Sibanye-Stillwater on Wednesday urged the president of striking workers’ union Association of Mineworkers and Construction Union (Amcu) to call off a strike which has been characterized by intimidation and violence, resulting in injury and the death of three workers.
Two weeks ago about 15,000 workers affiliated to Amcu embarked on a strike at Sibanye’s gold operations in South Africa after rejecting a wage agreement acceded to by three rival unions. They are demanding R12,500 salaries and an R1,000 annual increment for three years.
Amcu members have been accused of intimidating other workers who wanted to report for duty at the company’s Beatrix, Kloof and Driefontein mines.
In a lengthy open letter to Amcu president Joseph Mathunjwa, Sibanye’s head of human resources Themba Nkosi asked him to halt the strike for the safety and wellbeing of employees and the benefit of their dependents as the “no work, no pay” principle applies, meaning they will not receive their December salaries.
Nkosi said both the company and the union should not allow the interests of a specific stakeholder to undermine others and should respect the rights of employees to make different choices, including the right not to strike, without fear of threat or intimidation.
“Unfortunately, the strike called by Amcu has been characterised by intimidation and violence, which has resulted in the needless loss of three lives, several employees being assaulted and has recently resulted in a female police officer being severely assaulted and stripped of her weapon and equipment,” Nkosi said.
“This is unacceptable and we urge Amcu to sign the peace pact that was discussed with all stakeholders and further request your members to refrain from impeding our attempts to secure peace and stability at our operations.”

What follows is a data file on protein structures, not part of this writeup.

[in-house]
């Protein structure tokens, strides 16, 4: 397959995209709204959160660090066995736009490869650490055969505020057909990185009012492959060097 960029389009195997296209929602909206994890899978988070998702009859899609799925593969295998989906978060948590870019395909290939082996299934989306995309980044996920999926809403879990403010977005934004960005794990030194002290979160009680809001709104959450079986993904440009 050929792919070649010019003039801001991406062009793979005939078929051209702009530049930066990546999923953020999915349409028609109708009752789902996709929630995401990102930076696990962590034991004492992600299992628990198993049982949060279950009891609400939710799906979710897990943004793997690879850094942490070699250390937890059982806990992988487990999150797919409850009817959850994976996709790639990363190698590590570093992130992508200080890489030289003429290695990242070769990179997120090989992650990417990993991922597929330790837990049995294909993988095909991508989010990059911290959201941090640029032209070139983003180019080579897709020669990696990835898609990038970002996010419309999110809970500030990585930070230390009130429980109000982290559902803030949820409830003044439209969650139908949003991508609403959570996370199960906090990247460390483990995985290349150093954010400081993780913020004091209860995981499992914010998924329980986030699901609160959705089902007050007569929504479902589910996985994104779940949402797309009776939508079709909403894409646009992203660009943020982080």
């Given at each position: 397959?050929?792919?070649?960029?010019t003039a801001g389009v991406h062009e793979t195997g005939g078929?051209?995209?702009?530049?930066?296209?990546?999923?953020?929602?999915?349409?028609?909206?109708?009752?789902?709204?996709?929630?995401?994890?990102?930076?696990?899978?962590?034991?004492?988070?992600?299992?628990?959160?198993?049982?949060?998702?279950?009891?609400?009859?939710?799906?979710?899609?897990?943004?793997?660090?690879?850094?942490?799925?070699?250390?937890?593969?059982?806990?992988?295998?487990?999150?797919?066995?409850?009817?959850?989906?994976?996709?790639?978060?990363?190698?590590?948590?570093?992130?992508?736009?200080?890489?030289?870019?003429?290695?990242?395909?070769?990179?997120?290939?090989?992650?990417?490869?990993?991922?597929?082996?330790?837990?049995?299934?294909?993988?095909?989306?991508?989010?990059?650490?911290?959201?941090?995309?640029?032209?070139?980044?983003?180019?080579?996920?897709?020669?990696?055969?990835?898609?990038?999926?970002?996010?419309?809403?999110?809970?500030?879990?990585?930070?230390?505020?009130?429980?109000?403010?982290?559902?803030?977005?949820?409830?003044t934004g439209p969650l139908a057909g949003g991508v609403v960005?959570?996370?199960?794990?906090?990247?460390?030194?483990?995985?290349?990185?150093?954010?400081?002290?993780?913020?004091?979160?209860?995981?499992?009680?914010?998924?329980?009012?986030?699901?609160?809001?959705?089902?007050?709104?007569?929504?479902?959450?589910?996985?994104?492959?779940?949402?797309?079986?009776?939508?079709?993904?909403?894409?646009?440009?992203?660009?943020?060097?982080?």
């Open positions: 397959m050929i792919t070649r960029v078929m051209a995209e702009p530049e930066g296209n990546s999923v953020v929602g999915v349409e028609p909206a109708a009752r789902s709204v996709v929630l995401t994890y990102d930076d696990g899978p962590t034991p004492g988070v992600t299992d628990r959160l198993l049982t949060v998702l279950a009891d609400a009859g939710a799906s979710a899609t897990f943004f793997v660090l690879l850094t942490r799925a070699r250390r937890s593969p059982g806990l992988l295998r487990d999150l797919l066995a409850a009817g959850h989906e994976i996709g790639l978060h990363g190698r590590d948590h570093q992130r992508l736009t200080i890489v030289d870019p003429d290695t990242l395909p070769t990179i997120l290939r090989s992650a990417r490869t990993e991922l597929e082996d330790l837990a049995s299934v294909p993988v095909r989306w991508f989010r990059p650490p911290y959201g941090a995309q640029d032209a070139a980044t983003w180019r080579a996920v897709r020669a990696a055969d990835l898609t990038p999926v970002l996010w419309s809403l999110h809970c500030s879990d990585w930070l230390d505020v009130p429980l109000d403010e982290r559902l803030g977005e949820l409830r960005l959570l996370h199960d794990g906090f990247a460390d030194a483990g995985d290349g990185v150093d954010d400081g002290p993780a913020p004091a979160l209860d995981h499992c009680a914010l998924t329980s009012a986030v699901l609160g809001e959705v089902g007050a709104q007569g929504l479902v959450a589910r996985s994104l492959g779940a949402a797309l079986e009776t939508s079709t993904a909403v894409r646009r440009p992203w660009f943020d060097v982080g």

Nkosi said Amcu’s actions had been vexatious and the union and its members had been uncooperative from the start, refusing to adhere to accepted practices during a protected strike, such as establishing picketing rules.
Sibanye had engaged intensively with Amcu in order to negotiate a fair agreement, which also takes the current challenges faced by gold operations and their sustainability into account, but the union’s leadership had rejected the offer, he said.
“Striking employees will receive no wages if they do not report for work and an extended strike just before the December holidays will result in many of our employees, experiencing significant hardship especially during the upcoming back to school period at the beginning of the year,” Nkosi said. “As we all know there are no absolute winners in any strike action.”
Nkosi said the offer agreed to with other workers’ unions would give employees a guaranteed income of over R12,800 per month in the first year, increasing to over R 14,900 in the third.
“If we include variable pay, such as bonuses and other benefits, an entry-level employee will on average earn more than R14,400 per month in total, in year one and over R16,500 per month in year three,” he said.
“This is significantly higher than entry-level wages in many critical sectors, such as nursing and teaching for instance.”